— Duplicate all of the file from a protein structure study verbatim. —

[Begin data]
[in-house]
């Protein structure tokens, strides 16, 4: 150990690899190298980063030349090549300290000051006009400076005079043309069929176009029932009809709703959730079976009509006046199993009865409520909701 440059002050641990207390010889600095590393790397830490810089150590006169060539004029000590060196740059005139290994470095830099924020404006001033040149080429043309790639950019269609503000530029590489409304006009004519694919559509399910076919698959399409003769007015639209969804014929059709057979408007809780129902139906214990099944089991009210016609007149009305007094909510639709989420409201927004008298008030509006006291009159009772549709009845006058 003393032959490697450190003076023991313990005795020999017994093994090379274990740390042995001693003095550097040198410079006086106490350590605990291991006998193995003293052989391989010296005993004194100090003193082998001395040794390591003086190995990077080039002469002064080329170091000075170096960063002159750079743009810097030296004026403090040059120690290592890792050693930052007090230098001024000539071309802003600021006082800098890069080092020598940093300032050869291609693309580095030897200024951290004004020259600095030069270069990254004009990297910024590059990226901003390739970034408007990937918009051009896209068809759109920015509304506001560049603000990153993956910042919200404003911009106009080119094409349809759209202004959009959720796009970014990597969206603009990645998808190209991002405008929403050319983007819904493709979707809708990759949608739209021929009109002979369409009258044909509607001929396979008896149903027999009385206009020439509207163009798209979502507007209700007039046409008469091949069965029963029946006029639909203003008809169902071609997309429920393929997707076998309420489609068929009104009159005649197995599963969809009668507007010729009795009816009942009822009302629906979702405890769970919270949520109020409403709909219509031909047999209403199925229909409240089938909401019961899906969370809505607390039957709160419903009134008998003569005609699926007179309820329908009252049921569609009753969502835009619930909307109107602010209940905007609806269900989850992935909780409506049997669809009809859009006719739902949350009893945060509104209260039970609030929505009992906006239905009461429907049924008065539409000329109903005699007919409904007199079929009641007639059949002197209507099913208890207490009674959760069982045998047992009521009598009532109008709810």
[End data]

[in-house]
């Protein structure tokens, strides 16, 4: 150990690899190298980063030349090549300290000051006009400076005079043309069929176009029932009809709703959730079976009509006046199993009865409520909701 440059002050641990207390010889600095590393790397830490810089150590006169060539004029000590060196740059005139290994470095830099924020404006001033040149080429043309790639950019269609503000530029590489409304006009004519694919559509399910076919698959399409003769007015639209969804014929059709057979408007809780129902139906214990099944089991009210016609007149009305007094909510639709989420409201927004008298008030509006006291009159009772549709009845006058 003393032959490697450190003076023991313990005795020999017994093994090379274990740390042995001693003095550097040198410079006086106490350590605990291991006998193995003293052989391989010296005993004194100090003193082998001395040794390591003086190995990077080039002469002064080329170091000075170096960063002159750079743009810097030296004026403090040059120690290592890792050693930052007090230098001024000539071309802003600021006082800098890069080092020598940093300032050869291609693309580095030897200024951290004004020259600095030069270069990254004009990297910024590059990226901003390739970034408007990937918009051009896209068809759109920015509304506001560049603000990153993956910042919200404003911009106009080119094409349809759209202004959009959720796009970014990597969206603009990645998808190209991002405008929403050319983007819904493709979707809708990759949608739209021929009109002979369409009258044909509607001929396979008896149903027999009385206009020439509207163009798209979502507007209700007039046409008469091949069965029963029946006029639909203003008809169902071609997309429920393929997707076998309420489609068929009104009159005649197995599963969809009668507007010729009795009816009942009822009302629906979702405890769970919270949520109020409403709909219509031909047999209403199925229909409240089938909401019961899906969370809505607390039957709160419903009134008998003569005609699926007179309820329908009252049921569609009753969502835009619930909307109107602010209940905007609806269900989850992935909780409506049997669809009809859009006719739902949350009893945060509104209260039970609030929505009992906006239905009461429907049924008065539409000329109903005699007919409904007199079929009641007639059949002197209507099913208890207490009674959760069982045998047992009521009598009532109008709810």